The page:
A Norwegian solar power company, REC (Renewable Energy Corporation), is planning to enter the African renewable energy market on the back of expectations that Africa will see 100GW of solar power being generated by 2030, according to a press statement.
The company will focus on ECOWAS (Economic Community of West African States), Eastern Africa and Southern Africa, bringing high-efficiency solar panels, kit solutions and solar hybrid boxes to bear on those markets.
Africa is ripe for this expansion says Luc Graré, senior vice president EMEA at REC, “Africa’s greatest growth challenge is energy, and there’s a serious need to quickly get additional generation capacity in place to meet increasing energy demands.”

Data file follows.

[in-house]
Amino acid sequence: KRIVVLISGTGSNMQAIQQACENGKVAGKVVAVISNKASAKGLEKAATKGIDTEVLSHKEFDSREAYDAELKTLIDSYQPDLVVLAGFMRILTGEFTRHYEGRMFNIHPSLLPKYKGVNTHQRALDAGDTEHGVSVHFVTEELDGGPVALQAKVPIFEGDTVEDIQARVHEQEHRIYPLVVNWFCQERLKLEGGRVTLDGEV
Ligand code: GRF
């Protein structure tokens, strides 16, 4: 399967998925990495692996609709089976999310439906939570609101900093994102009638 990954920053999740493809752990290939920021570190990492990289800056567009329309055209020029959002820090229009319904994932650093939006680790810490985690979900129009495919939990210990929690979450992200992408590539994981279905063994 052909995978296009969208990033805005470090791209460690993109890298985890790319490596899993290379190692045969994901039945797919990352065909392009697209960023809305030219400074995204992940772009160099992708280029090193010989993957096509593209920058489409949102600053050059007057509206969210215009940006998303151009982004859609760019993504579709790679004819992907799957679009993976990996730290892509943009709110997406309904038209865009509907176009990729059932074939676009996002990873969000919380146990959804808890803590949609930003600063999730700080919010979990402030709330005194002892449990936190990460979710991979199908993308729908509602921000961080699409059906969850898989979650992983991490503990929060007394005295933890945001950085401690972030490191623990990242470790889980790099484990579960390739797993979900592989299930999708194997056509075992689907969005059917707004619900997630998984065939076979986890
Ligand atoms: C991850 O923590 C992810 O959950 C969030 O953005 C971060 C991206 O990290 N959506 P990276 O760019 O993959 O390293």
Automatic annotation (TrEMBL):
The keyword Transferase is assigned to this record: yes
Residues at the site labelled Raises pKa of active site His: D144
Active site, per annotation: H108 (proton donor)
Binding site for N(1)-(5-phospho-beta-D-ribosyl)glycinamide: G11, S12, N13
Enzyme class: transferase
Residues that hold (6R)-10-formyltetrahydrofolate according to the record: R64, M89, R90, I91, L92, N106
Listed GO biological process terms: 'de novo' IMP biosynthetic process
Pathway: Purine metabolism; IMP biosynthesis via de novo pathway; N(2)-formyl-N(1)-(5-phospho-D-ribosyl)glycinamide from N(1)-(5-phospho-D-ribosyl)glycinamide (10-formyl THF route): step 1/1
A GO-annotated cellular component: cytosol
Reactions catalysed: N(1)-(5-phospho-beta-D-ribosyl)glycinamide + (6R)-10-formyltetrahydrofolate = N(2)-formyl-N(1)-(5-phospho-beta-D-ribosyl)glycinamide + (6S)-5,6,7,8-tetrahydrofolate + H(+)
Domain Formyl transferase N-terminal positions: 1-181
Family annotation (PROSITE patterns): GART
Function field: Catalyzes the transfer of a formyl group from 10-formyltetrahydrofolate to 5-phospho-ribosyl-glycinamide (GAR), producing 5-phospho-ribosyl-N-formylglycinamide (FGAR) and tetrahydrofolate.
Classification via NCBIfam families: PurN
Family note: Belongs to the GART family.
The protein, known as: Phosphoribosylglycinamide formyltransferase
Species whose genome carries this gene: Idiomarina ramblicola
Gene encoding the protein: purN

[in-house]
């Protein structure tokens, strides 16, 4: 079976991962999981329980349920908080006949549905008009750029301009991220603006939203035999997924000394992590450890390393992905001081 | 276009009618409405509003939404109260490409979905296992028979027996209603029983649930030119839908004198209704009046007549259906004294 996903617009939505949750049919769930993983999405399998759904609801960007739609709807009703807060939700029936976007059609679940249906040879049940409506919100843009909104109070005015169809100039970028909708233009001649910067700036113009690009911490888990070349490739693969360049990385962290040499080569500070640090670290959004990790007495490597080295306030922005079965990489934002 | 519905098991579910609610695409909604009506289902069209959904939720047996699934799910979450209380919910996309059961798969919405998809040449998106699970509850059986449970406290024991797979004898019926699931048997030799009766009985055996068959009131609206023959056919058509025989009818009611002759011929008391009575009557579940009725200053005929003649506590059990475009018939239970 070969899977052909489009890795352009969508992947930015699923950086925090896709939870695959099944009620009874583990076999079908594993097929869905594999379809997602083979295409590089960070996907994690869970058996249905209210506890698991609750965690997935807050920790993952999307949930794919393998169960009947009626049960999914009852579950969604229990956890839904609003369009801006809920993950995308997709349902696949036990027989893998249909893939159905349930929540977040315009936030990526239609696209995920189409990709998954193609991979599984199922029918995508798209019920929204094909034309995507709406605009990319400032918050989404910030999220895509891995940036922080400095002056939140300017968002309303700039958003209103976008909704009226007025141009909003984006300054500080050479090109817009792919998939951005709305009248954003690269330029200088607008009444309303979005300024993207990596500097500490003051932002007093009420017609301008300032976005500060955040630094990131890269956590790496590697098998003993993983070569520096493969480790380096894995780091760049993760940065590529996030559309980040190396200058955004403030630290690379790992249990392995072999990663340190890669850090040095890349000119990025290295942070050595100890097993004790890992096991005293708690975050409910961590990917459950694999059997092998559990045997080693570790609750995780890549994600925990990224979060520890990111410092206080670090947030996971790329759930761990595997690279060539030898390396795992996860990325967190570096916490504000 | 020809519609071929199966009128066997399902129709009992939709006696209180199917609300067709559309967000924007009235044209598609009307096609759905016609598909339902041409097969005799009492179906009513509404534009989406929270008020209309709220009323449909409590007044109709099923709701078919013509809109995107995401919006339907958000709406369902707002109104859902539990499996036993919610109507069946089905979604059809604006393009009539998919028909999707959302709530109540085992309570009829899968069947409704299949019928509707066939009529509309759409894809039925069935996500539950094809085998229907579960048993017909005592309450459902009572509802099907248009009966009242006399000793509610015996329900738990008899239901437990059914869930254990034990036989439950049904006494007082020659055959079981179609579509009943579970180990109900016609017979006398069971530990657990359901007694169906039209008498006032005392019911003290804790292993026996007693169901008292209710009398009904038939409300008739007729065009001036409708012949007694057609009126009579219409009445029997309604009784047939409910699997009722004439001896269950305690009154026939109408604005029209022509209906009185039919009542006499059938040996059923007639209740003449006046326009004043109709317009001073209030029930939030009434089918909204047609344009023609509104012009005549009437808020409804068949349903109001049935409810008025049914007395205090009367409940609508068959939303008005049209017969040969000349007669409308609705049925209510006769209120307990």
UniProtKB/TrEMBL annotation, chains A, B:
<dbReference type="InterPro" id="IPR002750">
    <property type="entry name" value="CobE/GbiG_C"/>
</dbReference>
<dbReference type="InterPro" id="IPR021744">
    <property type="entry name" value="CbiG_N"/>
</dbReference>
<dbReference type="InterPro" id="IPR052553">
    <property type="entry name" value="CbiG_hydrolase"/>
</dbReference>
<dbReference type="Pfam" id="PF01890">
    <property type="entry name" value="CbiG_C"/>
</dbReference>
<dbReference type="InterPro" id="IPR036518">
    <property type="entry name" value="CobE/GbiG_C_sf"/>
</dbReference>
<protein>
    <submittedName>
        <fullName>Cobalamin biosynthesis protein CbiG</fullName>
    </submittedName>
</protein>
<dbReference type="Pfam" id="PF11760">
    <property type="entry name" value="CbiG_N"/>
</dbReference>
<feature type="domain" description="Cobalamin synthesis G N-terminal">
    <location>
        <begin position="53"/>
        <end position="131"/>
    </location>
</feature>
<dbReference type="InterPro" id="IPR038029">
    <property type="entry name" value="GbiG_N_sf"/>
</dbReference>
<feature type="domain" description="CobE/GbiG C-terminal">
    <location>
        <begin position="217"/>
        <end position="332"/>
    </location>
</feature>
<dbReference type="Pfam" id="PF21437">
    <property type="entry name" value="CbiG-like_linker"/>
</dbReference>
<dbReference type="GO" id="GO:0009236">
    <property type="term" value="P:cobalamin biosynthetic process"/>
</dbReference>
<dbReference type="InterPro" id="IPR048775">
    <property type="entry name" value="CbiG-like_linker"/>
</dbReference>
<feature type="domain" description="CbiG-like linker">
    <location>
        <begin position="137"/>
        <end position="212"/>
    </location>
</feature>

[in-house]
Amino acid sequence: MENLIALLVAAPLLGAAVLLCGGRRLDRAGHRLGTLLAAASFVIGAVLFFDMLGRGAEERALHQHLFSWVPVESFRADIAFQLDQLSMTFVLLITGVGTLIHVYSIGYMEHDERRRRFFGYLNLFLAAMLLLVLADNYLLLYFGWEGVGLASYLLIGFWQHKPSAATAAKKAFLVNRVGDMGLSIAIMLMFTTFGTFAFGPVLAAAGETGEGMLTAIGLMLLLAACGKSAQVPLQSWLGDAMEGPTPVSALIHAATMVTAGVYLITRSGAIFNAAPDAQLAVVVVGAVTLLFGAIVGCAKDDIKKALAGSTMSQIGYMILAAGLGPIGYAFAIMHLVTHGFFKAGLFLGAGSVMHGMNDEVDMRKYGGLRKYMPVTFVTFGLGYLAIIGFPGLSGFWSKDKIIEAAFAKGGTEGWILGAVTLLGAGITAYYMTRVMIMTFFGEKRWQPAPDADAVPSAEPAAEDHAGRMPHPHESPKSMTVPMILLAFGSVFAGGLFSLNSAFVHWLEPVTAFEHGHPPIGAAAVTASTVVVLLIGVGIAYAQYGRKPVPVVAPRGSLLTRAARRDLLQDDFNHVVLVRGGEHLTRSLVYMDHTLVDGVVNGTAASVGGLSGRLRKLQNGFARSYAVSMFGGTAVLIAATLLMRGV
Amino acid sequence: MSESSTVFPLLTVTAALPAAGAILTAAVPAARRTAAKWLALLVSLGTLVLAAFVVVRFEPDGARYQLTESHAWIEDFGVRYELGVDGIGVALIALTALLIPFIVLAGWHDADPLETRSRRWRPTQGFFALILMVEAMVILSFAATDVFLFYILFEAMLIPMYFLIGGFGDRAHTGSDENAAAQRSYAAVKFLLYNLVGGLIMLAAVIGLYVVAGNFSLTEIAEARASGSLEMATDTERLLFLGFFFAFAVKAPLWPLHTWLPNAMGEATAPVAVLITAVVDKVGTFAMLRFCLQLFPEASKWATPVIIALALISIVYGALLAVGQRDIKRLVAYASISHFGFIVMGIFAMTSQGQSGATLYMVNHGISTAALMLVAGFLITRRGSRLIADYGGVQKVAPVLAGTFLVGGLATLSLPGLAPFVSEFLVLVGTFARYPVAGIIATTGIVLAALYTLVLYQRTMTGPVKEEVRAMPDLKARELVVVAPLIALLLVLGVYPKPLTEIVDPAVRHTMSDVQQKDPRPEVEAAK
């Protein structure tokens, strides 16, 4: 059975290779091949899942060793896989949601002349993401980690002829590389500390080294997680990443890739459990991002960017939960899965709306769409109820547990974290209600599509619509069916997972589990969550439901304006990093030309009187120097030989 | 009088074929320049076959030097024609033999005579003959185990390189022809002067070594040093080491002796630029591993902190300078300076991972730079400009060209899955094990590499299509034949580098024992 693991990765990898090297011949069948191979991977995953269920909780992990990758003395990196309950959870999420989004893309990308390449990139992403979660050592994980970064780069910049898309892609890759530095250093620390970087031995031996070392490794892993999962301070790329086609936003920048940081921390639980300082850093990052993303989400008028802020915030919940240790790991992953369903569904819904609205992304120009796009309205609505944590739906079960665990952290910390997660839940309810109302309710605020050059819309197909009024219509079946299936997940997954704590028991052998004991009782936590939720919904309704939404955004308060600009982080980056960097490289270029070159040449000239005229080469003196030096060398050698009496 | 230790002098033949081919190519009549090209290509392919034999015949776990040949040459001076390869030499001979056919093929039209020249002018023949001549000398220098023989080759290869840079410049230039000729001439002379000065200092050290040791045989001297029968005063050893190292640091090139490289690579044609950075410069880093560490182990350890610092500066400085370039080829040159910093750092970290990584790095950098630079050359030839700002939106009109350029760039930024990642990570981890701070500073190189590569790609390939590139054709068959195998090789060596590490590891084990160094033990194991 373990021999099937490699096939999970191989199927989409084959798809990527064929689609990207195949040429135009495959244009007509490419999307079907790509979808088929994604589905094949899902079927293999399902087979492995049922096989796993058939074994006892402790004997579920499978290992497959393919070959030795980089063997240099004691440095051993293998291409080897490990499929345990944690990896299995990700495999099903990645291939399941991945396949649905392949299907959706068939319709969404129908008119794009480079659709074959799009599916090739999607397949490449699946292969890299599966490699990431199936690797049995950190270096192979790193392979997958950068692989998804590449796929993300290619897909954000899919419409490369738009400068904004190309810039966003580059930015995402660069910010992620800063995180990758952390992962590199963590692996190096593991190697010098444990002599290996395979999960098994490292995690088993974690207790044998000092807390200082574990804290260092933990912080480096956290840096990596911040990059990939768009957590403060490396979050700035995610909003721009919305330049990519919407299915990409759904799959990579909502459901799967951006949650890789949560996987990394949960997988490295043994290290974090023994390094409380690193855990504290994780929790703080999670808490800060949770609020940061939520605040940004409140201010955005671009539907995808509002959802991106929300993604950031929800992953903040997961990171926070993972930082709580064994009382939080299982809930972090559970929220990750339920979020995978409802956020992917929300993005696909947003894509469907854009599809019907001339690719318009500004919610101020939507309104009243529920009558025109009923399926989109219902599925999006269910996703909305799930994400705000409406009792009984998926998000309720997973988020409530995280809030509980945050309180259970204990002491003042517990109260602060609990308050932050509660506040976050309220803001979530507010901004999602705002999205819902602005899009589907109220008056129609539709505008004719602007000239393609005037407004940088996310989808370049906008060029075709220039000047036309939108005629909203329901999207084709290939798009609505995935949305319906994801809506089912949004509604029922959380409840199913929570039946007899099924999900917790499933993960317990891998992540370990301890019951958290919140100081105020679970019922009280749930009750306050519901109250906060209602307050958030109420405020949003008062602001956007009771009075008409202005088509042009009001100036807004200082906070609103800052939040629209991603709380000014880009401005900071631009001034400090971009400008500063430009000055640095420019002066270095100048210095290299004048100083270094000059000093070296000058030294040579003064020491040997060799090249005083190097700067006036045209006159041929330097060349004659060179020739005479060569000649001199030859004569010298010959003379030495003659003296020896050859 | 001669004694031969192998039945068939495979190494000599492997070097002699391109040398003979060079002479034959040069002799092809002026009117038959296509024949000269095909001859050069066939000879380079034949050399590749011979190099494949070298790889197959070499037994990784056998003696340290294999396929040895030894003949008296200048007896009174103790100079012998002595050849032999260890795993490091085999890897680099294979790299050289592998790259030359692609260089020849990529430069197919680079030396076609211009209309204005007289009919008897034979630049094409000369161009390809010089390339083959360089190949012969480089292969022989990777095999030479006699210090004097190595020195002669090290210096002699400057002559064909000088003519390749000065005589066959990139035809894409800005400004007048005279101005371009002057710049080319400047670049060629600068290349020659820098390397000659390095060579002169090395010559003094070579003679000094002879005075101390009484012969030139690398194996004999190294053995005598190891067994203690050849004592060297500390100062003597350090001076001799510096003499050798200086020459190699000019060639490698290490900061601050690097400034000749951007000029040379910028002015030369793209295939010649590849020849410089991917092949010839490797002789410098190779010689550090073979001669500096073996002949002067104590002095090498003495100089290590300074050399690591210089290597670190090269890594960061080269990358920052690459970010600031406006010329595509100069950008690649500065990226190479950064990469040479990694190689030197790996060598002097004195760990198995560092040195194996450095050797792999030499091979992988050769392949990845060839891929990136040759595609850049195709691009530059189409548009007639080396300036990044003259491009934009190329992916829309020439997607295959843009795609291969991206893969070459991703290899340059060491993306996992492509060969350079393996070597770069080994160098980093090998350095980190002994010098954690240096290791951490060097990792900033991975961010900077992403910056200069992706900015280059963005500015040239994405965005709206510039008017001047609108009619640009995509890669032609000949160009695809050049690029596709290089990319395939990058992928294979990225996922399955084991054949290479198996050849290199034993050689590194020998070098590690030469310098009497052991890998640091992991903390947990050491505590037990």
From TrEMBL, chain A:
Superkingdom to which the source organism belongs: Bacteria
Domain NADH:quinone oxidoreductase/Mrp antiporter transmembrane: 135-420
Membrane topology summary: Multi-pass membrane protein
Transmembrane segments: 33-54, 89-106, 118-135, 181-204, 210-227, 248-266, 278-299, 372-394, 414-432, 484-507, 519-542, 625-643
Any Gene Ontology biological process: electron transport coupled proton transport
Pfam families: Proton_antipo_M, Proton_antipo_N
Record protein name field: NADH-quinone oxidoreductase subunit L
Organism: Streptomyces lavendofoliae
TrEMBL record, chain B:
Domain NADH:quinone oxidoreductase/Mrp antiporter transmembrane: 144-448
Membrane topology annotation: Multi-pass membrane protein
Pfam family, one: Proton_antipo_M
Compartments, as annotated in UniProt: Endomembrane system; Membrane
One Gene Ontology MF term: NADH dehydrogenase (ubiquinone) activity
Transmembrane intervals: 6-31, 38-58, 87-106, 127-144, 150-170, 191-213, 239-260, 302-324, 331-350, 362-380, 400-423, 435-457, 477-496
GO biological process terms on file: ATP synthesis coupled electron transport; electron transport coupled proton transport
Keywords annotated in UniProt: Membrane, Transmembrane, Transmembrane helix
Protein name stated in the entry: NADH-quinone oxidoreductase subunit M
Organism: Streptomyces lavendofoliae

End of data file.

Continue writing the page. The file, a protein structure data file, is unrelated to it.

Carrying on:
With 600 million Africans still not connected to any sort of electricity grid, and South Africa’s own supply under immense pressure, Graré’s words couldn’t be more true.
Currently, the total nameplate capacity of all electricity generation from all sources on the entire continent sits at just 143GW, of which South Africa provides 45GW according to statistics gathered from the US’s Energy Information Administration. Somehow, Nigeria manages to maintain its incredible economy off the back of single digit capacity.
Those stats only go up to 2012 so South Africa’s contribution could well be more by now, but since we’re currently being loadshedded like it’s 2008, probably not.
In addition to opening three offices on the continent in Kenya, Ghana and South Africa sometime this year, REC’s activities will include a training facility called the REC Academy that aims to train distributors, who will in turn train locals to become “solar professionals”.
REC will be at the South African Solar Expo that’s happening in 2016.[Image – Wikimedia Commons]